Melting Himalayan Glaciers to Affect Food Production in South Asia01 August 2022
Zakir Hossain Chowdhury :
Climate change-induced melting glaciers at an alarming rate, threatening fragile ecosystems, vulnerable communities, and billions of people downstream who live in the rivers basin.
Nearly 1.9 billion people living in the 10 river basins also benefit directly and indirectly and more than 3 billion people enjoy the food produced in its river basins.
A study shows, that the Himalayan region could lose up to two-thirds of its glaciers if global greenhouse gas emissions continue on a business-as-usual trajectory and average global temperatures rise by more than 4°C (7.2°F) by 2100.
Melting glaciers, rainwater, and groundwater help farmers downstream irrigate their crops. Mountains provide 30–60% of the freshwater downstream in humid parts of the world, and 70–95% in semi-arid and arid environments. FAO analysis, in 2012
39% of mountain populations in developing countries are vulnerable to food
insecurity which increases 30% compared to 12 years prior.
Arthur Lutz, hydrologist at Utrecht University and lead author of the study said to ICIMOD, “Using a novel model, we were able to calculate very precisely where and when water will be needed in the future, and where it will come from – rainwater, groundwater, or meltwater from the mountains,”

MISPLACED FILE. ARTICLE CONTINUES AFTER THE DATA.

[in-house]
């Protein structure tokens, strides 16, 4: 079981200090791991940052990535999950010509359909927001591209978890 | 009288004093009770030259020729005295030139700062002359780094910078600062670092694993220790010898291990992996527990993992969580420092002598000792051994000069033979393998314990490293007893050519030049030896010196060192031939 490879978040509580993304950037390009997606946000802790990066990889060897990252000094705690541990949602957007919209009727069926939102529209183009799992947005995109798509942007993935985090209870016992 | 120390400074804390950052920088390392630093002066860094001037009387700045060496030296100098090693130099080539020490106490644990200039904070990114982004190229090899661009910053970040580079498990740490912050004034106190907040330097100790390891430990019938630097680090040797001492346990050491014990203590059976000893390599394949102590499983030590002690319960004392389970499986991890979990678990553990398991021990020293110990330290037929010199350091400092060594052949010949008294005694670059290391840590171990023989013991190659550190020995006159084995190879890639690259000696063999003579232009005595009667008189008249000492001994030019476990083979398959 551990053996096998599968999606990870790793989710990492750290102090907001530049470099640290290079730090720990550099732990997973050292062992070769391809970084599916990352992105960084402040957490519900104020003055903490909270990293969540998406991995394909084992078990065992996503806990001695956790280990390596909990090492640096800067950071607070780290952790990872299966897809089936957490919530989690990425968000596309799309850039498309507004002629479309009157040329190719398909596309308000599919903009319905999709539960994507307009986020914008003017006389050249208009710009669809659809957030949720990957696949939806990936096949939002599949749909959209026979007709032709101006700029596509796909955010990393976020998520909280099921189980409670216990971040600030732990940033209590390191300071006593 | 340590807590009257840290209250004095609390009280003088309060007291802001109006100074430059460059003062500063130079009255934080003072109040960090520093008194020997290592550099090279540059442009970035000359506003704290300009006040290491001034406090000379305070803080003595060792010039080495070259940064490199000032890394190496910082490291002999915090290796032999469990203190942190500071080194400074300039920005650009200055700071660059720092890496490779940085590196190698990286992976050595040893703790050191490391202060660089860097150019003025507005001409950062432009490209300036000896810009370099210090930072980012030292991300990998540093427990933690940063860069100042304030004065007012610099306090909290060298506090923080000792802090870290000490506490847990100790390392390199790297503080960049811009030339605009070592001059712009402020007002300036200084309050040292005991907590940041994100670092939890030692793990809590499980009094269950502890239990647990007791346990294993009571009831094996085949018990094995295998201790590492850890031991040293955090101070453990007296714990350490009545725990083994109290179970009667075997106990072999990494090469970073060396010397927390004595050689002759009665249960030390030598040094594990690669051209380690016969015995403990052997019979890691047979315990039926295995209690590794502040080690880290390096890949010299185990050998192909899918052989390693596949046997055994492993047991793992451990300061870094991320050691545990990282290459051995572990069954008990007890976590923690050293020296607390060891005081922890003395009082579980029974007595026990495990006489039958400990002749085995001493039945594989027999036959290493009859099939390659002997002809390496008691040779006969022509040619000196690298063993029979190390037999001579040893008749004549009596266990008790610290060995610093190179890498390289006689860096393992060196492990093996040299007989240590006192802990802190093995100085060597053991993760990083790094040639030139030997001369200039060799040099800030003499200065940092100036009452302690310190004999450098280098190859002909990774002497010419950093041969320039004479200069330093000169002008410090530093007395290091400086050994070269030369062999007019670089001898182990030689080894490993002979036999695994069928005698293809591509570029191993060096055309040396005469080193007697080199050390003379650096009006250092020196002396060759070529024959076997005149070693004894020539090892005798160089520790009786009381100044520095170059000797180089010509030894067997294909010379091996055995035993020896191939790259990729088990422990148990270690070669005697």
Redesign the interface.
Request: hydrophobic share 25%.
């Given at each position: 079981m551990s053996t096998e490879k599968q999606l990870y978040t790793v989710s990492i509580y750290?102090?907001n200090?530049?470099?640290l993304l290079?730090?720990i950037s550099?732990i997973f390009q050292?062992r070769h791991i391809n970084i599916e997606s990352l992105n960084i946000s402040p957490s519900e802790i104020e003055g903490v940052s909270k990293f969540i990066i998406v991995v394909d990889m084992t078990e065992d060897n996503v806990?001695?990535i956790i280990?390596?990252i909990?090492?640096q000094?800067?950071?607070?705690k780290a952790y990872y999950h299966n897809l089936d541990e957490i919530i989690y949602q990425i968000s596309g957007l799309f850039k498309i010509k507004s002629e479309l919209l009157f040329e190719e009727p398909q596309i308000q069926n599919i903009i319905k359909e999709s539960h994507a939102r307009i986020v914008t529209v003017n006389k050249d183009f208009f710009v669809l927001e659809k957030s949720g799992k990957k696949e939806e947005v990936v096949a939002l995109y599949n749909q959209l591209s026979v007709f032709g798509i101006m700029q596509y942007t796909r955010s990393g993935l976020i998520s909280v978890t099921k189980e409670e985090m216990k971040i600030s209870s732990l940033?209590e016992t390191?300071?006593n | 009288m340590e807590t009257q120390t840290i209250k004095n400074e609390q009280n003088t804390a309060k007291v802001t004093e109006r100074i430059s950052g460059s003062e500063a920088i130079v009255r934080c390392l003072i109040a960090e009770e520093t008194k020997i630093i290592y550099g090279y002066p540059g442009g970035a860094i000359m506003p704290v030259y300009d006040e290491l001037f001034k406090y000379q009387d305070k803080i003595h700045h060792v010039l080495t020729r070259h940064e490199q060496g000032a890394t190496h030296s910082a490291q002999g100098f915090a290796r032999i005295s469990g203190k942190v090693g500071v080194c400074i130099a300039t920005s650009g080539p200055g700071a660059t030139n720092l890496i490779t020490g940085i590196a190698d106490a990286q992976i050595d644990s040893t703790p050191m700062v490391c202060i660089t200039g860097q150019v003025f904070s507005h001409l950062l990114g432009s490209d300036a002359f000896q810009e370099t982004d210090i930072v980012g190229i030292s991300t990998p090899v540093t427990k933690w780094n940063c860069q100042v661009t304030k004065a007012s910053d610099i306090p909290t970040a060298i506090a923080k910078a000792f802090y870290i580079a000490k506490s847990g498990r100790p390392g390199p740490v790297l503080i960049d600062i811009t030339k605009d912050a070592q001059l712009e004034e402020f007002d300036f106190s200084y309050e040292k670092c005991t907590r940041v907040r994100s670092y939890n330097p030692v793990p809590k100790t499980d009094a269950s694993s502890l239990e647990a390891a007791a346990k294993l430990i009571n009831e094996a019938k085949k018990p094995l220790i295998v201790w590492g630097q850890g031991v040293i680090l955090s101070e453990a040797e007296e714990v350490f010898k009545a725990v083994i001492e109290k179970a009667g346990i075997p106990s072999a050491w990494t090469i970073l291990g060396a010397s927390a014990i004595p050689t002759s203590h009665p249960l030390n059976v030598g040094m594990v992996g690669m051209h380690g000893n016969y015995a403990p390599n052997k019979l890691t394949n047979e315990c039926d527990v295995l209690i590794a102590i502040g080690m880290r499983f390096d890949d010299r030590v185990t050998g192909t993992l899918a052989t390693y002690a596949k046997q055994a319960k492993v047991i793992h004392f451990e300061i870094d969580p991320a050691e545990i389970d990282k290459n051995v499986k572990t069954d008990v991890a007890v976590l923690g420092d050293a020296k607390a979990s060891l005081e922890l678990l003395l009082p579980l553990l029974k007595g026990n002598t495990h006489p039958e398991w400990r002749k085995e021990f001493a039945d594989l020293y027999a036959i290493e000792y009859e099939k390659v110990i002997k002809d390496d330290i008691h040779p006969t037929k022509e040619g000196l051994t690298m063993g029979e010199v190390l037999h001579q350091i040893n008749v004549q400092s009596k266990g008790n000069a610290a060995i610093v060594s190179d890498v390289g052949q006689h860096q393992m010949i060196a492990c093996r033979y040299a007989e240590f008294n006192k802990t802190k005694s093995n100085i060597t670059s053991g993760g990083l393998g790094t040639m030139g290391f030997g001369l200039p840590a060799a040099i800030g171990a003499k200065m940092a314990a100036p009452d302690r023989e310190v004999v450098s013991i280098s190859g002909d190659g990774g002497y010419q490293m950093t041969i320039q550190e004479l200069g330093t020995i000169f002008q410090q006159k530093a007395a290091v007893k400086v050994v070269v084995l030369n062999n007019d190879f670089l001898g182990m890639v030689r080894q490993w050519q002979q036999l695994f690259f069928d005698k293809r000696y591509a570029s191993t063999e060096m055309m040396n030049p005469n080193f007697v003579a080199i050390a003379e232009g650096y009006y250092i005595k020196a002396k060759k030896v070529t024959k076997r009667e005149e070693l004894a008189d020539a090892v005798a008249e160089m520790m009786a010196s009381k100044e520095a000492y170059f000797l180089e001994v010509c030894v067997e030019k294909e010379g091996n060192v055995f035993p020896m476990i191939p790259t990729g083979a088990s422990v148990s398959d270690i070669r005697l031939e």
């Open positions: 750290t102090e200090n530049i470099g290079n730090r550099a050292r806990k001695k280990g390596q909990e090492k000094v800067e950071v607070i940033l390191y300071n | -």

Agriculture in South Asia is vulnerable to climate change, adaptation processes will require to sustain agricultural productivity, reduce vulnerability, and enhance the resilience of the agricultural system to climate change.
In South Asia, farmers use a wide range of resources to adapt to climate change, and thus, households with better access to multiple resources and diverse livelihood portfolios are more likely to better cope with climate risks.
Of the 484 million people, 254 million are releted as agricultural, where rice and Rice-Wheat Farming Systems together contain 40 percent of the cultivated land in the region. Agriculture is an important role in the economic and social development of south Asian countries, which has exclusively contributed to providing employment, improving food security, and reducing poverty. But climate change makes it more vulnerable and farmers started adapting the process of agriculture.
This story is a part of the 2022 edition of the Himalayan Climate Boot Camp, funded by the Spark Grant Initiative of the World Federation of Science Journalists.
(The Writer Zakir Hossain Chowdhury is a Visual Journalist)